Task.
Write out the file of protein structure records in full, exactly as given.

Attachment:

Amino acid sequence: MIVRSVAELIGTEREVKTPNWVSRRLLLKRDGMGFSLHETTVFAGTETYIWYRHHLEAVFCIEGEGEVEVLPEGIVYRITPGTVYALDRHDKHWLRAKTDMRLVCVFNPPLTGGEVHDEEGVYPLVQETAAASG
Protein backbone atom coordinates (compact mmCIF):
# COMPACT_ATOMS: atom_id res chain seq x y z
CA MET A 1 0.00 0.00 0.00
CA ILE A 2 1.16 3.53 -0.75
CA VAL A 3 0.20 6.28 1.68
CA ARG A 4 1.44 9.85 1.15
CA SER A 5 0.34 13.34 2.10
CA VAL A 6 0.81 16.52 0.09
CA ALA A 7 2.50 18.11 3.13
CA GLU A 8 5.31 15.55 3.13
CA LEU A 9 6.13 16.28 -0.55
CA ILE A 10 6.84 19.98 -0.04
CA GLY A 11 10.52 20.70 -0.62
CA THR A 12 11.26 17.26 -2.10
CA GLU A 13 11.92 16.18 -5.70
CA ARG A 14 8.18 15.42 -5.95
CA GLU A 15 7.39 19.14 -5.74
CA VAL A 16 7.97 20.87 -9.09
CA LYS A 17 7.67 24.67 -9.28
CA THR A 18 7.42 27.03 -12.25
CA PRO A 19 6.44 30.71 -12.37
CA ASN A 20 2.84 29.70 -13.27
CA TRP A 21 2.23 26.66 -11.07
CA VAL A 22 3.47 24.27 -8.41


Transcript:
Amino acid sequence: MIVRSVAELIGTEREVKTPNWVSRRLLLKRDGMGFSLHETTVFAGTETYIWYRHHLEAVFCIEGEGEVEVLPEGIVYRITPGTVYALDRHDKHWLRAKTDMRLVCVFNPPLTGGEVHDEEGVYPLVQETAAASG
Protein backbone atom coordinates (compact mmCIF):
# COMPACT_ATOMS: atom_id res chain seq x y z
CA MET A 1 0.00 0.00 0.00
CA ILE A 2 1.16 3.53 -0.75
CA VAL A 3 0.20 6.28 1.68
CA ARG A 4 1.44 9.85 1.15
CA SER A 5 0.34 13.34 2.10
CA VAL A 6 0.81 16.52 0.09
CA ALA A 7 2.50 18.11 3.13
CA GLU A 8 5.31 15.55 3.13
CA LEU A 9 6.13 16.28 -0.55
CA ILE A 10 6.84 19.98 -0.04
CA GLY A 11 10.52 20.70 -0.62
CA THR A 12 11.26 17.26 -2.10
CA GLU A 13 11.92 16.18 -5.70
CA ARG A 14 8.18 15.42 -5.95
CA GLU A 15 7.39 19.14 -5.74
CA VAL A 16 7.97 20.87 -9.09
CA LYS A 17 7.67 24.67 -9.28
CA THR A 18 7.42 27.03 -12.25
CA PRO A 19 6.44 30.71 -12.37
CA ASN A 20 2.84 29.70 -13.27
CA TRP A 21 2.23 26.66 -11.07
CA VAL A 22 3.47 24.27 -8.41